As is the custom, the Friday blog will be a little more random and off-the wall than usual. Some time back I had some fun creating a system of weights and measures for a fictional environment. I based this system on the human pace and cubit length and derived a related system of mass and volume measurement.
The other night I was lying awake in bed and began to wonder about other alternate systems of measure. Specifically I began to think about directional bearings.
The system most familiar to many of us is that of degrees, there being 360 degrees in a circle. One theory is that there are 360 degrees in a circle because the sun appears to move approximately one degree each day. Another theory is that six equilateral triangles will make up a full circle. Each segment was then further divided into 60 by the Babylonians, who liked to do things in 12s and 60s. Incidentally the Russians also had a system based on six triangles but divided each into 100 to give 600 increments in a circle.
There didn’t seem to be any particular reason why a culture would select a system based on 360, 36, 60 or 12. Generally we think of a circle having four cardinal directions and a circle is easily divided into quarters. Each quarter is one right angle. The quarters are easily bisected to give us eight equal segments of a circle, an eighth being half a right angle. The eighths can be bisected again to give us 16 parts. If we divide the rim of each sixteenth into four equal parts we have divided the circle into 64.
I have not been able to find a good word to denote a sixty-forth part. Closest thing I came across was a “semifusa”, itself a fraction of larger measurement. For want of a better term I will call a 64th of a circle’s circumference a “Rey”.
Breaking the circle up into 64 gives us quite an elegant system. A right angle or quarter circle is 16/64ths or 16 Rey. Half a right angle or an eighth of a circle is 8 Rey. Many other useful increments are also nice whole numbers. Bearings are given in Rey. “Quarter” is a permissible alternate term for right angles, “eighth” for half right angles. Smaller angles such as sixteenths or thirty-seconds are instead given in multiples of Rey. One Rey is 5.625 degrees, a nice sized unit to work with.
The Rey or 64th can of course be divided further for more accuracy. Rather than continuing the process of further halving the unit my inclination was to decimalize fractions of the Rey. Bearings could be expressed as 9.3 Rey, for example, each tenth of a Rey being a shade over half a degree.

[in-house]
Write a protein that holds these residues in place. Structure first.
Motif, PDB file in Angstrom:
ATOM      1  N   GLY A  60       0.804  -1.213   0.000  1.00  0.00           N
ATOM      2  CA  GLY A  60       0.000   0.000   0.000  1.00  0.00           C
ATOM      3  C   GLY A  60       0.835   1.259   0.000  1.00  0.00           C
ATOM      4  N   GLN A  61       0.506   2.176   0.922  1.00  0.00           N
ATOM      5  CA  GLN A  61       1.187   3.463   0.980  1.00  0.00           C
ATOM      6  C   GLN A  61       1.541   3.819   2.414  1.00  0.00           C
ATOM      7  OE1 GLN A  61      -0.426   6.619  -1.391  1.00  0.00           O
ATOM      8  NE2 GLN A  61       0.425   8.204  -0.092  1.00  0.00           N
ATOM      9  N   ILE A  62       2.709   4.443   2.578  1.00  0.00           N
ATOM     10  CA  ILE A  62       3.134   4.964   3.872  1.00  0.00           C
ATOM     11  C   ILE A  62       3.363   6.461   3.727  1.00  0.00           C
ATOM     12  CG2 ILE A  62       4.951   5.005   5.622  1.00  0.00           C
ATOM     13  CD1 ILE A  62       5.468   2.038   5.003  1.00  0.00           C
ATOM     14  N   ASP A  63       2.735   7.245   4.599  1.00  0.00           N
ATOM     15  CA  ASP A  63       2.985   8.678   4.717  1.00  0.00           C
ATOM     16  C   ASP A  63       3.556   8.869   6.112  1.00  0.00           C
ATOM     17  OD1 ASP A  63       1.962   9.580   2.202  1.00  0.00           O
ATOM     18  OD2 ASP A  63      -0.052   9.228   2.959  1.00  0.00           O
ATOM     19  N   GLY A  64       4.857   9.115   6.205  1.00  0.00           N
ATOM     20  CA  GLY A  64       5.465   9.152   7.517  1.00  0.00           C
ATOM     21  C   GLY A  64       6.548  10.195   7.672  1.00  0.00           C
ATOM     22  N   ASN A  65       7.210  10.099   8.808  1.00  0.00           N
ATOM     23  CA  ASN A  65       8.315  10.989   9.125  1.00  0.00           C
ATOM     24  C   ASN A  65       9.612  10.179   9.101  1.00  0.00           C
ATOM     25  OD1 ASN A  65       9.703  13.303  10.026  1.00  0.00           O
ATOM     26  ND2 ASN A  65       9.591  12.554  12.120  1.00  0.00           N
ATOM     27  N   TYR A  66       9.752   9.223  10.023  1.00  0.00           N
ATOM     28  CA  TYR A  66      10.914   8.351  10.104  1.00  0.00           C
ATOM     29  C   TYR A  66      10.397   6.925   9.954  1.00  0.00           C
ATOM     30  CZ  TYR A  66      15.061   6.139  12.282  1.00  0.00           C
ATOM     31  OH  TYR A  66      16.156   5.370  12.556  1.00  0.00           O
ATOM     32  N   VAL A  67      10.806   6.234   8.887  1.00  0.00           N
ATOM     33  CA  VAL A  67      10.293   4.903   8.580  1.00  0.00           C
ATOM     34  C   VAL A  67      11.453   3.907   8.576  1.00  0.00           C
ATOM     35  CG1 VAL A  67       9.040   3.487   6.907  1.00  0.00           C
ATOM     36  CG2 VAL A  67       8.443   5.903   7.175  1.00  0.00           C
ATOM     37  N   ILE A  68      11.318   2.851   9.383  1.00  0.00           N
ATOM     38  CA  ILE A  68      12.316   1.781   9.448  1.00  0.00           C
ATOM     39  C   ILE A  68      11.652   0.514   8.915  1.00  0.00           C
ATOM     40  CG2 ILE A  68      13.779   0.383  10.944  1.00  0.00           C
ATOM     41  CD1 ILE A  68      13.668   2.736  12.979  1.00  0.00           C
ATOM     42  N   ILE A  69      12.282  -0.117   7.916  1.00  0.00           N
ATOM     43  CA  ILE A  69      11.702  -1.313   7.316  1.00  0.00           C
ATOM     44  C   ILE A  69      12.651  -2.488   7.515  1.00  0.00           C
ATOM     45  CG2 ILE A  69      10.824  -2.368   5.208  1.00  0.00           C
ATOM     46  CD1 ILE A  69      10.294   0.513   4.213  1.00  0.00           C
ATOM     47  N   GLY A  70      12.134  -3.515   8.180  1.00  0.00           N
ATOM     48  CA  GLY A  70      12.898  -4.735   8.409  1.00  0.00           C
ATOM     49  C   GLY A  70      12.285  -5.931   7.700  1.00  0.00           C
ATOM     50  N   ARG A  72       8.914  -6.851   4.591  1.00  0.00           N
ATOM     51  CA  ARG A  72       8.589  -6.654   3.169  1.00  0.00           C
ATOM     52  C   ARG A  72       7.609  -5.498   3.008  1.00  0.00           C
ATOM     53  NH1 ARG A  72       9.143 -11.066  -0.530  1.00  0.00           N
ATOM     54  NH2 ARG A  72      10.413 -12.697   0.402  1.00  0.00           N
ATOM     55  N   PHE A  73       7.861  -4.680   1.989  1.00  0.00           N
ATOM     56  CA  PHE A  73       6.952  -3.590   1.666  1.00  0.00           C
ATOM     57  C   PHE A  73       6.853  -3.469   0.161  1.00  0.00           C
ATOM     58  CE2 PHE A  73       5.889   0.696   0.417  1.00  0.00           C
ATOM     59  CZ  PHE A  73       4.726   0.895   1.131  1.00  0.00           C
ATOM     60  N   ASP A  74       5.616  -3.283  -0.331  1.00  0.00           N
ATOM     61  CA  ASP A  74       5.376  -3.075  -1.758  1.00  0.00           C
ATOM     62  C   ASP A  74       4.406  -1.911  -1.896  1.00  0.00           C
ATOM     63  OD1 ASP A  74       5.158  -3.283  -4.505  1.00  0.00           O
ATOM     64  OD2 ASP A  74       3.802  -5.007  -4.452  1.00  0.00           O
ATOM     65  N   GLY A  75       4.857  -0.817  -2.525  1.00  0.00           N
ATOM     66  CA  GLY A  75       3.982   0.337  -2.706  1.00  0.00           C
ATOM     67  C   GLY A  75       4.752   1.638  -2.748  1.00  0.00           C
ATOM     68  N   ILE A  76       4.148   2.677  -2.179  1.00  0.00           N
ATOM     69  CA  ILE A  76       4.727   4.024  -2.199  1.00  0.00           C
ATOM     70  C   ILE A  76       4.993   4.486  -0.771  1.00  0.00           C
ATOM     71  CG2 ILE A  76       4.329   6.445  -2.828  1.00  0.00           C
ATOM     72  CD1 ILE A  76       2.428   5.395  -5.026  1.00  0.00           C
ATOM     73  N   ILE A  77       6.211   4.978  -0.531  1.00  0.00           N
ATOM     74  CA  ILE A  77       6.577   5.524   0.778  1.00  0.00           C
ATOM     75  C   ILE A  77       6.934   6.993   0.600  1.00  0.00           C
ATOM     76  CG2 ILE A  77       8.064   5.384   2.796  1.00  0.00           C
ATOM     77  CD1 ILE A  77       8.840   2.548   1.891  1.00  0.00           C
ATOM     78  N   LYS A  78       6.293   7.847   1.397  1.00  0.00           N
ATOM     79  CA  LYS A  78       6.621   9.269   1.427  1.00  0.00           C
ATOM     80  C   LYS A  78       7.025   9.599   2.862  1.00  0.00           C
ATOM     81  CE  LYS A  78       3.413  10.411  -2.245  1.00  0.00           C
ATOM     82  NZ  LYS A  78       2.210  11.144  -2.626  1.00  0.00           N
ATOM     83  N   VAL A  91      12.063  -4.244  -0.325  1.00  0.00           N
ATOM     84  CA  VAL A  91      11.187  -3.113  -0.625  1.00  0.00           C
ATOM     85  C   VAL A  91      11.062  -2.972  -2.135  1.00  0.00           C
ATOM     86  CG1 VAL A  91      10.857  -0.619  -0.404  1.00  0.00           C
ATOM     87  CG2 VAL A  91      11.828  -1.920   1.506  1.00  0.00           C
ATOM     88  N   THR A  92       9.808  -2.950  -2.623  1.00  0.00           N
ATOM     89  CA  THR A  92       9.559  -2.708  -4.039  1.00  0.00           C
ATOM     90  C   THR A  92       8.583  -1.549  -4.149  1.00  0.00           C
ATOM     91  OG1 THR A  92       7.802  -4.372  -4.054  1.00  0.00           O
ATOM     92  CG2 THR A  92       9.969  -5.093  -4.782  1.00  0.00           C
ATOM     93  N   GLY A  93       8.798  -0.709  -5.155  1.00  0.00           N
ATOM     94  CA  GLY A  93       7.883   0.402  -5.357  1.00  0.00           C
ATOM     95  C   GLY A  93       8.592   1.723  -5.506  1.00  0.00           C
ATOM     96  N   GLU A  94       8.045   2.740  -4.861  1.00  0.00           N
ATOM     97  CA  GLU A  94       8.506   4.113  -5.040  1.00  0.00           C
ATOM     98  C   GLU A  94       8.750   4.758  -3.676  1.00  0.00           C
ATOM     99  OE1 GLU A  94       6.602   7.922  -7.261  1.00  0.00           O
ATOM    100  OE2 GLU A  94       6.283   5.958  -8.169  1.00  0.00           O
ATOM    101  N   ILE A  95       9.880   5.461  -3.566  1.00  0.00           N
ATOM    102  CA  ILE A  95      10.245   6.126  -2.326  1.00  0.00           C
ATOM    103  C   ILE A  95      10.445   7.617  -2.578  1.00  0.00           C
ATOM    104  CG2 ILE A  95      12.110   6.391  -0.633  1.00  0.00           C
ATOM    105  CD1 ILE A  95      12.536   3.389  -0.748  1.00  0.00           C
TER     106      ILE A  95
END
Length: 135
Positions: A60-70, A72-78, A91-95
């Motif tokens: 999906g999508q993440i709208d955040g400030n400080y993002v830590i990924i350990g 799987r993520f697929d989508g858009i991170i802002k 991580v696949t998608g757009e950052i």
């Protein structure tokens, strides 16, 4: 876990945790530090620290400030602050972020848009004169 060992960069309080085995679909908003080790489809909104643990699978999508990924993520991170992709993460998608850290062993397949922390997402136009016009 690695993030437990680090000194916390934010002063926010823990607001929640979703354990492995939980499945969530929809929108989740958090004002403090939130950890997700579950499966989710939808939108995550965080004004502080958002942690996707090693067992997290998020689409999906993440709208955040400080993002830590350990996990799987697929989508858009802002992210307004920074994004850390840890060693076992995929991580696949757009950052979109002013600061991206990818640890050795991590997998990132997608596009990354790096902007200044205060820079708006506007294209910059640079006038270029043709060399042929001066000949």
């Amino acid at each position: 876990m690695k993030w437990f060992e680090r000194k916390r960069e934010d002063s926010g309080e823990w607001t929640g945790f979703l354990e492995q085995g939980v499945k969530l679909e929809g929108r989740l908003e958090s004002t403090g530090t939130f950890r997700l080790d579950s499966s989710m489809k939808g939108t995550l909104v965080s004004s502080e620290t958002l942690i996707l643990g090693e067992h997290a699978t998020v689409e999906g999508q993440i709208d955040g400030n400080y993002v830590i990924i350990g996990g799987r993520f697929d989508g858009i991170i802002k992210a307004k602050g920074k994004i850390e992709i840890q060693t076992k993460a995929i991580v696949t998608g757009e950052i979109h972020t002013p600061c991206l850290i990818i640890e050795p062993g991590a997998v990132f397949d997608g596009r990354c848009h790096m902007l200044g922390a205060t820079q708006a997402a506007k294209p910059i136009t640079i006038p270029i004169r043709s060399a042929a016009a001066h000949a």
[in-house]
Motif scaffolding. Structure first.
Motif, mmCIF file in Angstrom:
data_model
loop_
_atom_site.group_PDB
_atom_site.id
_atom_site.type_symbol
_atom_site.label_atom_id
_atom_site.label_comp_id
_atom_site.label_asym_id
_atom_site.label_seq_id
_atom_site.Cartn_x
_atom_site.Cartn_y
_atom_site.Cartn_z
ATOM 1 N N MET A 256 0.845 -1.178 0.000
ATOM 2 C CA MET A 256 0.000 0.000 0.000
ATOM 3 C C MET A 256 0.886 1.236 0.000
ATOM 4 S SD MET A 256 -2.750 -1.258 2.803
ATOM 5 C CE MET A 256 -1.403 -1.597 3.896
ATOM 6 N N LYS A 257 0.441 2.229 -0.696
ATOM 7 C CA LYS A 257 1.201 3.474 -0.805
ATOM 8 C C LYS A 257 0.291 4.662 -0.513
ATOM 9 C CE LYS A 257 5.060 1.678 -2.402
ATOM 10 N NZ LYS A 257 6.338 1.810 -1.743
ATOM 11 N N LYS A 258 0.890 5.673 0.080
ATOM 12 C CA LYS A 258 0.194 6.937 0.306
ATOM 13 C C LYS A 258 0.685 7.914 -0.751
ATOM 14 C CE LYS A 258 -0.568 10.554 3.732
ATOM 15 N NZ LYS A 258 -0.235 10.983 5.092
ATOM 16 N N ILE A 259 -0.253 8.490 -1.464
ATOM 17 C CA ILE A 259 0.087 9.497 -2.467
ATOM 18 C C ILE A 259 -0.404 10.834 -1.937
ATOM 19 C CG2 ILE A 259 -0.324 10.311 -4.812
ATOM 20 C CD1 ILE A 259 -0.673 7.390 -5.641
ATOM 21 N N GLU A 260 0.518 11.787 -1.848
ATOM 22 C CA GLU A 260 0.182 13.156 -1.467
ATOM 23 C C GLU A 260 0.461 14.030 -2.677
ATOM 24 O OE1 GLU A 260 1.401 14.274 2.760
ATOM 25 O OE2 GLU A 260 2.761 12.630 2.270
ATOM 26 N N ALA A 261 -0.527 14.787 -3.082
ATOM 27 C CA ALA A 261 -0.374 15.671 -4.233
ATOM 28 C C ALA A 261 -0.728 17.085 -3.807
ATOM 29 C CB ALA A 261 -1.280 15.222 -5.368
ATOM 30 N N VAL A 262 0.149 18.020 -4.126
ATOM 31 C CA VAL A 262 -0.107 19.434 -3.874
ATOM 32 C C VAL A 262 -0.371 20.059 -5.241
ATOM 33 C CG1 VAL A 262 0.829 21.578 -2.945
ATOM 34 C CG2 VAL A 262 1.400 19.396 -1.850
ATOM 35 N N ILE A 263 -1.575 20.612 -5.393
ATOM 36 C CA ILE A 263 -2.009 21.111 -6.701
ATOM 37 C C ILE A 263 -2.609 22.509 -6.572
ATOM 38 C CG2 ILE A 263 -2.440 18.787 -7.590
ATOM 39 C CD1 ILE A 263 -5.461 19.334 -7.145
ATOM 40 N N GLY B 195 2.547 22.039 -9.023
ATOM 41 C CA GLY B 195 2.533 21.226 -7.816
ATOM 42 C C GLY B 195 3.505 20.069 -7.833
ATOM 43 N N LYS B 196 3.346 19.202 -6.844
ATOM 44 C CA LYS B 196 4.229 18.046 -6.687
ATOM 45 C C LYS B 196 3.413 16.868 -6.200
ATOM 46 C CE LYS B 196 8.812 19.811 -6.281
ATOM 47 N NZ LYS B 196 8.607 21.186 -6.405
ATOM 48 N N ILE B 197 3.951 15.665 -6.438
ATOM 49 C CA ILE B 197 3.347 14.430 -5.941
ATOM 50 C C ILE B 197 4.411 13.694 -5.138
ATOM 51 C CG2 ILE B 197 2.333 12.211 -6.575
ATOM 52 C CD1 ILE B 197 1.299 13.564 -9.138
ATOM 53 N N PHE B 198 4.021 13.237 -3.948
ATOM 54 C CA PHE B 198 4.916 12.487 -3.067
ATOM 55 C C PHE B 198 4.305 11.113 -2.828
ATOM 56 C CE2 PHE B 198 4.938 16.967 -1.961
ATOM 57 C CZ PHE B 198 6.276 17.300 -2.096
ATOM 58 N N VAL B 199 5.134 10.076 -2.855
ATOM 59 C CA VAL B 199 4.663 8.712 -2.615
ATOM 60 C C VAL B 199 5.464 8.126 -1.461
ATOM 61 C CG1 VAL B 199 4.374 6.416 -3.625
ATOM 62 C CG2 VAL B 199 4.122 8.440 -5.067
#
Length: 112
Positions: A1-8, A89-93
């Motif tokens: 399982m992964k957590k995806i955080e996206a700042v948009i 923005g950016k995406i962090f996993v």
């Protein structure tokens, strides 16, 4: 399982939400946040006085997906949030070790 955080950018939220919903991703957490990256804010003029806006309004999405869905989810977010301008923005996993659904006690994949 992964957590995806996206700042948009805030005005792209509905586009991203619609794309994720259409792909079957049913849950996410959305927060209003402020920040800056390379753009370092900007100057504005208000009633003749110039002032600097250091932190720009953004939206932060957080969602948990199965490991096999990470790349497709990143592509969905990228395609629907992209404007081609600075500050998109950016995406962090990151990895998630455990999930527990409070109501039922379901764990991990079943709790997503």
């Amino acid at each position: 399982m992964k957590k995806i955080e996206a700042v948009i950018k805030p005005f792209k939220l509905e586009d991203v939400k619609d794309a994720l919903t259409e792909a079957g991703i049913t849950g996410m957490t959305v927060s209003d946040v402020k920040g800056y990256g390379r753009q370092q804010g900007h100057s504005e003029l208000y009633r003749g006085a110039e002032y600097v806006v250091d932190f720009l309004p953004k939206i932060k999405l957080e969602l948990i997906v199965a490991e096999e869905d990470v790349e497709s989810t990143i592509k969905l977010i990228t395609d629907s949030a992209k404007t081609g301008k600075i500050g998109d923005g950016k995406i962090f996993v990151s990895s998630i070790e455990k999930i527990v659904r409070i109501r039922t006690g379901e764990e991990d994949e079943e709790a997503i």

As I was laying thinking about this system the proverbial penny dropped. 64 parts of a circle…6400 mils on a military compass! Each Rey is equivalent to 100 mils.
For those not familiar with the system, I will explain. Many military forces use a system based on milliradians rather than degrees. A radian is a length of circumference equal to the radius of the circle. There are therefore 2π radians in a circle. More practically this unit is used in milliradians. At 1,000 metres range one “mrad” or “mil” equals one metre of circumference. Looked at more practically if a man appears to have a width across his shoulders of about one mil he is about 500 metres away. A 0.1mrad adjustment to gun sights changes the point of impact 1 cm at 100 m or 3 cm at 300. Mils should not be confused with MOA or “minutes of arc”. There 21,600 MOA in a circle.
Since radians fit into a circumference as a multiple of π the actual number of milliradians in a circle is approximately 6,283. A right angle in milliradians is actually π/2 x 1000 mrads, slightly less than 1600 mrads. Military forces actually use a unit derived from the milliradian called the NATO mil, which is 1/6400th of a circle.
So my new measuring system had come full circle (pun intended) and differed from the NATO mil system only by the magnitude of its units.
One right angle = Quarter of a circle = 90° = 16 Rey = 1600 Nato mils = π/2 (approx. 1.6) radians.
1 Rey = 1/64th of a circle = 5.625° = 100 NATO mils = approx. 0.1 radians.
The interesting thing about this little thought experiment is this. Beforehand I had not paid much attention to NATO mils. A 6400th of a circle was very difficult to visualize and a bearing such as “5760 mils” would need a pause for thought to just determine if I should be looking east or west. Thinking of the compass as being in 64 parts, with each 64th having a hundred subdivisions actually makes it much easier for me to get a handle on. I know that 5760 is 57.6/64. Since 48 is three quarters of a circle and 8 is an eighth I can easily visualize that 5760 is a shade north of north-west.
Not only have I gained a better grasp of NATO mils I begin to prefer them over degrees, multiples and factors of 64 being much easier to handle than those of 360.
Try this for yourself and see how it works for you.